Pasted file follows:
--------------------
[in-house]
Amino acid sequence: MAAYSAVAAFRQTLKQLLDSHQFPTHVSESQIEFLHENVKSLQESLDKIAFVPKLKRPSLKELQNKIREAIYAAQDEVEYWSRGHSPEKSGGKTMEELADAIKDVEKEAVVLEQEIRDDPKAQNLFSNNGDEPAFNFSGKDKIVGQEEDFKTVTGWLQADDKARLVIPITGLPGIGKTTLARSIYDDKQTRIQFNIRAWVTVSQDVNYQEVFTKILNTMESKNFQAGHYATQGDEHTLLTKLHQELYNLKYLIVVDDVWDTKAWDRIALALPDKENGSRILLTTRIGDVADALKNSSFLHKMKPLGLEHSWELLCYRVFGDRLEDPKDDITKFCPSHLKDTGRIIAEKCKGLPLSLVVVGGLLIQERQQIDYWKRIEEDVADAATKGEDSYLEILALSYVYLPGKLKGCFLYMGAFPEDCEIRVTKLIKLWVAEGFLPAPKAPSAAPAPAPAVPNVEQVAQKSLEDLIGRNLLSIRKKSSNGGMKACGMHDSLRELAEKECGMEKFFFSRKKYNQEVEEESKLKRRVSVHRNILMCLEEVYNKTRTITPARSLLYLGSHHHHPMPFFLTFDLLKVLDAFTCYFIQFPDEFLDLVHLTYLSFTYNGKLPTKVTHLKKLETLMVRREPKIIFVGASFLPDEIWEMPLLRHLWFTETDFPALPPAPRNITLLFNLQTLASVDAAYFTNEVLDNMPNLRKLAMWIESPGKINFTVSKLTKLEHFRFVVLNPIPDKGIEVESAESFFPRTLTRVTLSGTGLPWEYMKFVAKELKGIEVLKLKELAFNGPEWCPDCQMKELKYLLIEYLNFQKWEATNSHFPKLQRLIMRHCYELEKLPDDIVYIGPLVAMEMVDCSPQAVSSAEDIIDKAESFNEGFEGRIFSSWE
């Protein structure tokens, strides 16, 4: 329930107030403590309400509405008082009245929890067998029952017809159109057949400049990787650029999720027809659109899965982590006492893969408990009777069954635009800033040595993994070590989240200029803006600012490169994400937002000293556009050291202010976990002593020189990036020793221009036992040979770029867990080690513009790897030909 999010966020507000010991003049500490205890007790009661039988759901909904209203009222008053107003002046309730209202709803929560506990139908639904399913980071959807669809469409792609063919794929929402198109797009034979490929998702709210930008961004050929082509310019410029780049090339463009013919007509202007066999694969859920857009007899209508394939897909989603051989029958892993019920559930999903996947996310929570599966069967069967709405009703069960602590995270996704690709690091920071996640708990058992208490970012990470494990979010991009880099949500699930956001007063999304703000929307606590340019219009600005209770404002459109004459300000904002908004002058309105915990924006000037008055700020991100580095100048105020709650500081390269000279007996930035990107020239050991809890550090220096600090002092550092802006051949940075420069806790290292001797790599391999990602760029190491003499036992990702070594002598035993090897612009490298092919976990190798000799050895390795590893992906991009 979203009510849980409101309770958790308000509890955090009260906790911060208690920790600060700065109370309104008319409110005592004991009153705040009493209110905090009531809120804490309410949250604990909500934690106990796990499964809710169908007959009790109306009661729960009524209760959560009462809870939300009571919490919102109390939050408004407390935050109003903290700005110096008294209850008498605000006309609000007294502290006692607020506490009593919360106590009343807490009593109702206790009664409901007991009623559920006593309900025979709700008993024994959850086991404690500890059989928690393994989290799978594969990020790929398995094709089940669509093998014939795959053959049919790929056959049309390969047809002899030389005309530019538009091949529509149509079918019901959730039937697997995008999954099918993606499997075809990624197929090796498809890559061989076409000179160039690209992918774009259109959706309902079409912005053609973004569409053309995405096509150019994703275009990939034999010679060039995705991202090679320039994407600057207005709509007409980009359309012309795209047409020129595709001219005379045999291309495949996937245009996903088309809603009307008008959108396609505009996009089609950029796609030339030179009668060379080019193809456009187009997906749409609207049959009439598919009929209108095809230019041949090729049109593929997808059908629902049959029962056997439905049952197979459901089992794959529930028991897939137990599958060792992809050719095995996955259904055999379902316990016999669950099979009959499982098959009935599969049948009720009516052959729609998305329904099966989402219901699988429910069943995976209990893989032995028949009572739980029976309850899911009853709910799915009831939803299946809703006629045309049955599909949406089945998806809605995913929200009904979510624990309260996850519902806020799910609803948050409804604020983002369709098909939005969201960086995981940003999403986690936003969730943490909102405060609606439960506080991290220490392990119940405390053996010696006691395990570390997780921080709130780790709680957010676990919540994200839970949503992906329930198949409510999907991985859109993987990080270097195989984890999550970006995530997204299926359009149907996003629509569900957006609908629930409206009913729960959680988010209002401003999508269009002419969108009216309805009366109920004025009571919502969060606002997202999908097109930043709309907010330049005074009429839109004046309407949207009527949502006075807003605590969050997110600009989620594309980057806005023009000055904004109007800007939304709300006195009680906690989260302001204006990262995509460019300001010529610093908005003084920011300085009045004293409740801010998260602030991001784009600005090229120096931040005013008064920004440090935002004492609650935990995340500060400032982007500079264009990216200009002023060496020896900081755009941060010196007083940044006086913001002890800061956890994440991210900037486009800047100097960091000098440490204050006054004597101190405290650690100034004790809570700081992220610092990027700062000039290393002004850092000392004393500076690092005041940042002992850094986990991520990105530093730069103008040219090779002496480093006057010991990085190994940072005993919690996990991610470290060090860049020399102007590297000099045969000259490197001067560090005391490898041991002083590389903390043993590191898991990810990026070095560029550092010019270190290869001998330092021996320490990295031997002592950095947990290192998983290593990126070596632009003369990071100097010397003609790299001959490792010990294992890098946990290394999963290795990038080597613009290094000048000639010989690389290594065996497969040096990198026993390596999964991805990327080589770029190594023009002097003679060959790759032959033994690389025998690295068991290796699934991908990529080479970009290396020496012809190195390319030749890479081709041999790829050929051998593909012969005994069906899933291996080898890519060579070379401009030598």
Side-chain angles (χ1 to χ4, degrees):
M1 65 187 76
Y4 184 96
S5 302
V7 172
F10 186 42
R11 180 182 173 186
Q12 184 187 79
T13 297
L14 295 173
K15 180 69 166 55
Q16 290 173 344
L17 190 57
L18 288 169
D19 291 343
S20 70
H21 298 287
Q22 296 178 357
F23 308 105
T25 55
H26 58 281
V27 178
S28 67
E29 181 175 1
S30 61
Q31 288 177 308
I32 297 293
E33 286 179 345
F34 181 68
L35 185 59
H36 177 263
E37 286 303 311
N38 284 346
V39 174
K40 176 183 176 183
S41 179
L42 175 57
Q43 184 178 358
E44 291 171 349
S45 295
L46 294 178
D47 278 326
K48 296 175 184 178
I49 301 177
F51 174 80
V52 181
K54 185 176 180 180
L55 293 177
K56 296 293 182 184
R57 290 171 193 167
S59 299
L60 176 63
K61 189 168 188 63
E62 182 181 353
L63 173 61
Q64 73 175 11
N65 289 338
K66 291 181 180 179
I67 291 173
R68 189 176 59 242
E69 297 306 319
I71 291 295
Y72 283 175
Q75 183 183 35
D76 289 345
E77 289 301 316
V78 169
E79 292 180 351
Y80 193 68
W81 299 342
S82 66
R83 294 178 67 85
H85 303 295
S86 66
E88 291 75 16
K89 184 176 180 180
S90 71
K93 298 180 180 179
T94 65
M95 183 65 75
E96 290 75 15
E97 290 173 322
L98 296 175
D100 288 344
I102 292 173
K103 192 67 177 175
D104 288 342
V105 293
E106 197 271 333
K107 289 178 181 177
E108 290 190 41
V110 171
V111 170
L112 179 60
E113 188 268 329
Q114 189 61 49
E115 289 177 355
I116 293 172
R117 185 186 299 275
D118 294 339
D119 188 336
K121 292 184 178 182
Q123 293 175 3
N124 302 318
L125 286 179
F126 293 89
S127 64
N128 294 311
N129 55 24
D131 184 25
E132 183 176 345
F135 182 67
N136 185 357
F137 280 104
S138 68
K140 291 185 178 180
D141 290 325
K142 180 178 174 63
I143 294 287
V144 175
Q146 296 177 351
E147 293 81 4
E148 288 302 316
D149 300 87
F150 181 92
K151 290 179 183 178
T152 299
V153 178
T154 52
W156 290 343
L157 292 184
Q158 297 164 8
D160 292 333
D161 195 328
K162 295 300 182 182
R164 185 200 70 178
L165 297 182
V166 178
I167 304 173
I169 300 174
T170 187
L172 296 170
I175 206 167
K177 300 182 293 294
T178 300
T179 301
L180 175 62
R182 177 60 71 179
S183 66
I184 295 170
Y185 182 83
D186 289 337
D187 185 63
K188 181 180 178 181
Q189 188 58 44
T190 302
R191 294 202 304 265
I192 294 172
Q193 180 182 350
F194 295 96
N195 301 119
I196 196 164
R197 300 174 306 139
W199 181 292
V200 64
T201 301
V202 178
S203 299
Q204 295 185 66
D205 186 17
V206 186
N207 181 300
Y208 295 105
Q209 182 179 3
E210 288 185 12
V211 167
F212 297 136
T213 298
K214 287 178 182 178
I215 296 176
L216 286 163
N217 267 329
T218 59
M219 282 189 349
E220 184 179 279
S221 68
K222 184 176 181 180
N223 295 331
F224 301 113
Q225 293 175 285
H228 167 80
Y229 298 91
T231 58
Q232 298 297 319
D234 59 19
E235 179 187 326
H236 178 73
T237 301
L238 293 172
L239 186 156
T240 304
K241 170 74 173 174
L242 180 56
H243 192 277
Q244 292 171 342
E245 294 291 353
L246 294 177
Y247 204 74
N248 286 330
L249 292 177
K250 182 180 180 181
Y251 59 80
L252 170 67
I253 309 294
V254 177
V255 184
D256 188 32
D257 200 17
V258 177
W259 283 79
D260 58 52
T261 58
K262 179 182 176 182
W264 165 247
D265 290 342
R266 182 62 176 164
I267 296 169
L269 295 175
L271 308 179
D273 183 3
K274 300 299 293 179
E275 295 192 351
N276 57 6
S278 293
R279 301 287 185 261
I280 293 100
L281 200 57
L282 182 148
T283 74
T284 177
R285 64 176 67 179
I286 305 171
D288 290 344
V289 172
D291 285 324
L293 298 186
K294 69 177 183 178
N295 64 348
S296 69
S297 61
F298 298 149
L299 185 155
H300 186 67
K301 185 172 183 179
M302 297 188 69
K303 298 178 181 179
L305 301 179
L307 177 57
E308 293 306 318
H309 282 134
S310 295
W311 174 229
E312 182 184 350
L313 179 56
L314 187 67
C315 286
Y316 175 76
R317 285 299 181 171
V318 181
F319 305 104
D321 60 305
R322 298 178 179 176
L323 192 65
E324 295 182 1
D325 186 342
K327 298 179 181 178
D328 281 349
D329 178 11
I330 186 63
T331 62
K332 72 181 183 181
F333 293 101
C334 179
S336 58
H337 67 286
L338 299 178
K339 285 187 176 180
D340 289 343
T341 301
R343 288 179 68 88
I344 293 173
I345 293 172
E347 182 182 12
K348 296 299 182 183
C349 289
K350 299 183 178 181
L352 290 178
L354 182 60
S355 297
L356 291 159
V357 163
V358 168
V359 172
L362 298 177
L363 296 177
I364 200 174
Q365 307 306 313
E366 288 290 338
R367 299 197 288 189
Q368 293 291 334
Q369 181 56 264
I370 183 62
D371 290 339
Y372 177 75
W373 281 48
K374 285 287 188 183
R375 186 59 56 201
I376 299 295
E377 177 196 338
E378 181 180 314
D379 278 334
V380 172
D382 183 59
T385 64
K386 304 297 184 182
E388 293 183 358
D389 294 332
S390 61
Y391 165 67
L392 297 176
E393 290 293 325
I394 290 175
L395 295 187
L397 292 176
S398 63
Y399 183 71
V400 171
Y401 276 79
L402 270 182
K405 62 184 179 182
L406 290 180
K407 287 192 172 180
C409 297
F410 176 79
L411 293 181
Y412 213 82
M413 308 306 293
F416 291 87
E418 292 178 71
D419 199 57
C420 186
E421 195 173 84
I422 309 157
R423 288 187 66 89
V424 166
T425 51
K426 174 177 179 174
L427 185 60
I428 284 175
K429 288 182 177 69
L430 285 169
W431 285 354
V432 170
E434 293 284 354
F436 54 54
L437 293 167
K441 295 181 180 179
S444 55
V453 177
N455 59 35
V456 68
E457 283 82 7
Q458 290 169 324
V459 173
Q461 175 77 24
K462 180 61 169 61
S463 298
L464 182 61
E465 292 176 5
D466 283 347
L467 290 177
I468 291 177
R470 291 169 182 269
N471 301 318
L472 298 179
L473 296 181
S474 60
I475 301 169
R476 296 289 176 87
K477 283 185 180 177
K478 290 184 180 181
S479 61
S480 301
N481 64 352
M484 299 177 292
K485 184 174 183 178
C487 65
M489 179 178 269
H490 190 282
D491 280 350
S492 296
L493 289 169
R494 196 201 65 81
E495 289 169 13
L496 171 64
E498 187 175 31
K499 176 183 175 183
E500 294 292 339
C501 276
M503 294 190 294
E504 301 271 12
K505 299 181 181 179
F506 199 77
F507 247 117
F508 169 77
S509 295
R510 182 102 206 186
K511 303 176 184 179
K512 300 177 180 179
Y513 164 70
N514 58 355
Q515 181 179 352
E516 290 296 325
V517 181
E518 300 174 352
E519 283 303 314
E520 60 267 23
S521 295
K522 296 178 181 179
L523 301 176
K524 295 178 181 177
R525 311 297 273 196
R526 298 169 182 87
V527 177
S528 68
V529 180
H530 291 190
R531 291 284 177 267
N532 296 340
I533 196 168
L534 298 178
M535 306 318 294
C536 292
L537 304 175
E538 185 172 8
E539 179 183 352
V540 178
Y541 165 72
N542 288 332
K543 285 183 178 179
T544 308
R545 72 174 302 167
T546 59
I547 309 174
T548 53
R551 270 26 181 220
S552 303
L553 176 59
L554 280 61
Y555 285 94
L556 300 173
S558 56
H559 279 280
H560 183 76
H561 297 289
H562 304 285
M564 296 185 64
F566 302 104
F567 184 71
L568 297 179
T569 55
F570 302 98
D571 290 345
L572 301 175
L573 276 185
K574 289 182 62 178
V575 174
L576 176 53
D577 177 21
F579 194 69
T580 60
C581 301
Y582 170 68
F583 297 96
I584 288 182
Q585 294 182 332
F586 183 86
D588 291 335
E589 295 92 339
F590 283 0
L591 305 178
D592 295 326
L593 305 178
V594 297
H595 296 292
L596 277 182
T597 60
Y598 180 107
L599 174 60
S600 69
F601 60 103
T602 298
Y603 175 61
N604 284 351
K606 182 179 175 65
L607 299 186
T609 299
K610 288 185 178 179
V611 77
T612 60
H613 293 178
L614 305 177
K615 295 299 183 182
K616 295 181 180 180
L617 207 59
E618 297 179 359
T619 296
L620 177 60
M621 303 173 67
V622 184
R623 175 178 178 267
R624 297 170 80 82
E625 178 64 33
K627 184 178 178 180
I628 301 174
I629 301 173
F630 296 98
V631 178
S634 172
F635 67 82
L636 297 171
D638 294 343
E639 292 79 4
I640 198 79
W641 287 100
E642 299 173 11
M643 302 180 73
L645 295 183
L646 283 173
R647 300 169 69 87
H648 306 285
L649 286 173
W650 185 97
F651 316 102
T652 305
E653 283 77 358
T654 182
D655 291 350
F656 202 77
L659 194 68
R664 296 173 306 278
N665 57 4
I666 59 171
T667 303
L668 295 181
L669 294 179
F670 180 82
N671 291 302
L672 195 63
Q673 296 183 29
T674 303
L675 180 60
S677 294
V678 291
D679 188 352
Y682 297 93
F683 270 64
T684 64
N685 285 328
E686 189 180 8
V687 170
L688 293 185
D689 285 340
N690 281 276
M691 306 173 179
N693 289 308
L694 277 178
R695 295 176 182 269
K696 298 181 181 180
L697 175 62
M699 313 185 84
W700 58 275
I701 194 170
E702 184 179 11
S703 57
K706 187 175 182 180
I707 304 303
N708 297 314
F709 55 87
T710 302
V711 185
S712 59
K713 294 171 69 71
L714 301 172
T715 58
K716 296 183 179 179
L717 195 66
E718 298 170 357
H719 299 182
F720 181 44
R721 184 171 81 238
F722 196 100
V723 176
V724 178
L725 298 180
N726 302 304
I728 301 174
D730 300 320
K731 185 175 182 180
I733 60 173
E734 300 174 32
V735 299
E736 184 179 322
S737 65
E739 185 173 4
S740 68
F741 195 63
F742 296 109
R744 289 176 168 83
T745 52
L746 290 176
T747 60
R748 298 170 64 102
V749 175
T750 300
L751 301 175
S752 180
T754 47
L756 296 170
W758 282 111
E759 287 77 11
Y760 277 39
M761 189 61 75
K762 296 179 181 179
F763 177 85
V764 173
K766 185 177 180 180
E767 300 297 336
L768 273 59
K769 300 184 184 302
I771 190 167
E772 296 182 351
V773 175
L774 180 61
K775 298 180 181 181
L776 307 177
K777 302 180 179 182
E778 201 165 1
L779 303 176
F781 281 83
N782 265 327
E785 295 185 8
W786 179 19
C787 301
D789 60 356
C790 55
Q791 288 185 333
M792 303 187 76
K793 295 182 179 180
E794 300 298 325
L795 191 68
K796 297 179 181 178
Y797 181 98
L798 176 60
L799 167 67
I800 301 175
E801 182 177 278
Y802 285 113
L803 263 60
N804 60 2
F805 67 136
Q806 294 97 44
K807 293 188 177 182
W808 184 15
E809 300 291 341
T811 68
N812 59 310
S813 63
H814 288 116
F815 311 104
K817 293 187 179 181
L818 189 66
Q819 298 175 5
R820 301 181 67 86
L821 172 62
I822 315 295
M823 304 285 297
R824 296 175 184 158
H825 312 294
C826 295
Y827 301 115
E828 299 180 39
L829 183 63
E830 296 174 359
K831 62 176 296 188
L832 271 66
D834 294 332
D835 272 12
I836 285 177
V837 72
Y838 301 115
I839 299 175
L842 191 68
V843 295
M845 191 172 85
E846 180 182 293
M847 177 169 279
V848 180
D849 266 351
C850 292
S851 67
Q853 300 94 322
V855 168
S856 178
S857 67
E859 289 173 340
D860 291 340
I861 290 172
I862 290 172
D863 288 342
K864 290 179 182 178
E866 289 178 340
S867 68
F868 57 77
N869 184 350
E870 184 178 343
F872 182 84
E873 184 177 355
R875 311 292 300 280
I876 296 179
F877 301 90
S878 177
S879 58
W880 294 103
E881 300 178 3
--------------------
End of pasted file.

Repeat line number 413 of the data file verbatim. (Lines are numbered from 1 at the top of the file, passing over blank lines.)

M503 294 190 294